When Jeff Dachis was diagnosed with Type I diabetes four years ago, he remembers leaving the doctor’s office with a sinking feeling in his chest.
“I had about six minutes with a nurse practitioner and was given an insulin pen and a prescription and a pat on the back – and I was out the door,” he told Drug Delivery Business News. “I was concerned for my family, I was concerned for my kids. I didn’t really know what this was going to mean for me.”
He found himself searching for devices or products to help him manage his diabetes. From counting carbohydrates to calculating insulin doses, diabetes is a data-driven disease.
“It’s really all about doing math in your head all the time,” Dachis explained.
But every piece of technology that he found existed in a silo. Nothing worked together to combine data sets to give him a full picture of his condition.
After 25 years in the digital marketing world with his company Razorfish, Dachis dove headfirst into healthcare and founded One Drop in October of 2014. Less than a year later, the company launched its first product.
Now, One Drop’s diabetes management tools help more than 650,000 people in 195 countries measure and track their blood glucose levels, medications, carbohydrate intake and activity levels.
Dachis isn’t the only person at One Drop with diabetes – half of the company’s employees have diabetes and all of them have a direct relationship to someone with diabetes.
“Diabetes is in our DNA,” Dachis said. “And I think that’s the kind of perspective that allows us to fight every day relentlessly to improve the lives of people with diabetes. Because we are those people.”
Diabetes is the most expensive problem facing healthcare systems around the world, according to One Drop’s CEO, who described the spread of diabetes as a “run-away freight train.”
Just like other arenas in healthcare, some industry players in diabetes are re-thinking the delivery model through which they interact with and treat patients. One Drop’s approach is to offer their products through a subscription model, which Dachis said was an intentional choice to move away from a healthcare system that he classified as broken.
“The process of making those drugs and bringing them to market, or making those devices and bringing them to market or delivering that service through the healthcare system today, that entire system is so broken and so extensive and bureaucratic and inaccessible and unavailable and opaque to most people,” Dachis said.
So we’re simplifying the economic model where people can say I get unlimited access to my diabetes coach. I get unlimited access to a diabetes curriculum that’s gonna help me manage my diabetes. I get unlimited supplies to help me manage my diabetes and it’s at a single little subscription monthly price. People get that. They understand that. We think we can deliver better care, cheaper, faster in a way that people understand and are willing to pay for.”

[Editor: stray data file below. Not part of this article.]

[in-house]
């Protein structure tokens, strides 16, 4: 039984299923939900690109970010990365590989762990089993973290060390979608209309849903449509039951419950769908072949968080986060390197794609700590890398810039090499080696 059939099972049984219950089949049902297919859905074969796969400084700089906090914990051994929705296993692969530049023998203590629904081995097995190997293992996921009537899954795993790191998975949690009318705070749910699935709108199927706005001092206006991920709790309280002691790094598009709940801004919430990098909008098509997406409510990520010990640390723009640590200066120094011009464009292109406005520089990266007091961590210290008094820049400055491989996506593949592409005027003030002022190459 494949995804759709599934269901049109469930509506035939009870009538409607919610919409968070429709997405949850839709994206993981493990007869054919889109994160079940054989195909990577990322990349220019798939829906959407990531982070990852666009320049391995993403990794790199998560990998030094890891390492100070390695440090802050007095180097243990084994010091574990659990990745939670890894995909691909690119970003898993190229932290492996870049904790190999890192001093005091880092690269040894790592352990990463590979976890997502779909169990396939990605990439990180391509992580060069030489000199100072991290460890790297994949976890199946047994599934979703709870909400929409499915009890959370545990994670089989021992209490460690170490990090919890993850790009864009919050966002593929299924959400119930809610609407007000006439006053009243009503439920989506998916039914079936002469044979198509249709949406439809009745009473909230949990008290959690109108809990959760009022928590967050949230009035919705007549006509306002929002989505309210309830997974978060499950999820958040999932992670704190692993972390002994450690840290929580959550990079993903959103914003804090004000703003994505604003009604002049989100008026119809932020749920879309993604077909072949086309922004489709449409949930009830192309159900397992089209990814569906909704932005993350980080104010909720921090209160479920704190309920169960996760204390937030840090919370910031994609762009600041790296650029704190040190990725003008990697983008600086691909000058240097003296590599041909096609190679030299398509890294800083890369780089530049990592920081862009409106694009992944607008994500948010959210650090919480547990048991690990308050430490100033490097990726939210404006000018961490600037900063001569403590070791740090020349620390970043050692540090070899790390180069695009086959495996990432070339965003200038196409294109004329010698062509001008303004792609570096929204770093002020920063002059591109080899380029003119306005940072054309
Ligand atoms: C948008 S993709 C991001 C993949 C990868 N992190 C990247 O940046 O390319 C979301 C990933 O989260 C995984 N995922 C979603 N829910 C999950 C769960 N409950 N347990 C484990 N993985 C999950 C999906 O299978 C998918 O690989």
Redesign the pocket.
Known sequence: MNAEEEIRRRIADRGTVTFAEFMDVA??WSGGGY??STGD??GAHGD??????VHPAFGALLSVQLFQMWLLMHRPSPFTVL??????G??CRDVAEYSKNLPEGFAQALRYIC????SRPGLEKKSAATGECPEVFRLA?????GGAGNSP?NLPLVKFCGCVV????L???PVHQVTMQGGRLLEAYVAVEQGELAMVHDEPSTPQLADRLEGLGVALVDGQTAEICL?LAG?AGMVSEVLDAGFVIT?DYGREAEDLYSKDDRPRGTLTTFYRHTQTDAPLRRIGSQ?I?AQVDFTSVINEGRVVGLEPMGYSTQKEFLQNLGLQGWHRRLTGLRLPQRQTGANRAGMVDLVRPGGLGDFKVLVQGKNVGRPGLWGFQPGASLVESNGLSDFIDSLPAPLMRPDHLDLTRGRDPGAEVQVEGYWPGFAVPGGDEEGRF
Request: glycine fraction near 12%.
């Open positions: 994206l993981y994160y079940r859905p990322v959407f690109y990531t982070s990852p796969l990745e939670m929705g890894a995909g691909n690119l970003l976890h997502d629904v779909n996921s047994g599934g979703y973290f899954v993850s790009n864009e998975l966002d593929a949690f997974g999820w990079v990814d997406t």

One Drop is betting that people are interested in a digital place to store all of their information relating to their diabetes – and it’s not just for the tech-savvy millennial, according to Dachis. The platform’s average user is in their 50’s and is a Type II diabetic, the CEO reported.
“They have mobile phones, they can play Candy Crush Saga, they can manage their diabetes on One Drop,” he said.
The company’s users are not shy about expressing their love for One Drop’s products, like their sleekly-designed glucose monitor. Users routinely post on Twitter and Instagram, sharing their experience with the devices and interacting with Dachis and the rest of the One Drop team.
But his presence on social media isn’t necessarily a part of a larger business strategy, Dachis insisted.
“One Drop is rooted in the empathy required by people that have diabetes. I have diabetes every day and you know what? I struggle with the same things that my users struggle with every single day,” he said. “We have those same situations, we have the same stresses. We’re not sleeping the way you’re not sleeping. We’re up with low blood sugar the way you’re up with low blood sugar.”
The relatively young company is competing with a number of well-established players in the diabetes industry. But One Drop has also partnered with big names, including Fitbit (NYSE:FIT) and Dexcom (NSDQ:DXCM).
Beyond the One Drop app that will be available for FitBit’s Ionic watch in the first quarter of next year, there are other plans on the horizon that the company hasn’t announced yet, according to Dachis. He said the same for his company’s work with Dexcom.
On top of the relationships that the company is establishing across the industry, Dachis said they are also working to prove themselves using clinical data. He is betting that potentially millions of people around the world will be interested in One Drop’s technology if they can demonstrate that it is both affordable and effective.
“That really is the story for the coming years. It’s about the continued revolution in healthcare,” Dachis said. “Who are the players and how is it happening? Where is this transformation coming from? If we get to take part in that story, boy, that would be great.”
Steve MacMillan took over as CEO of Hologic in 2013, drawing on his experience at medtech titans like Stryker and Johnson & Johnson. Since then, Hologic has grown into a $3 billion business.
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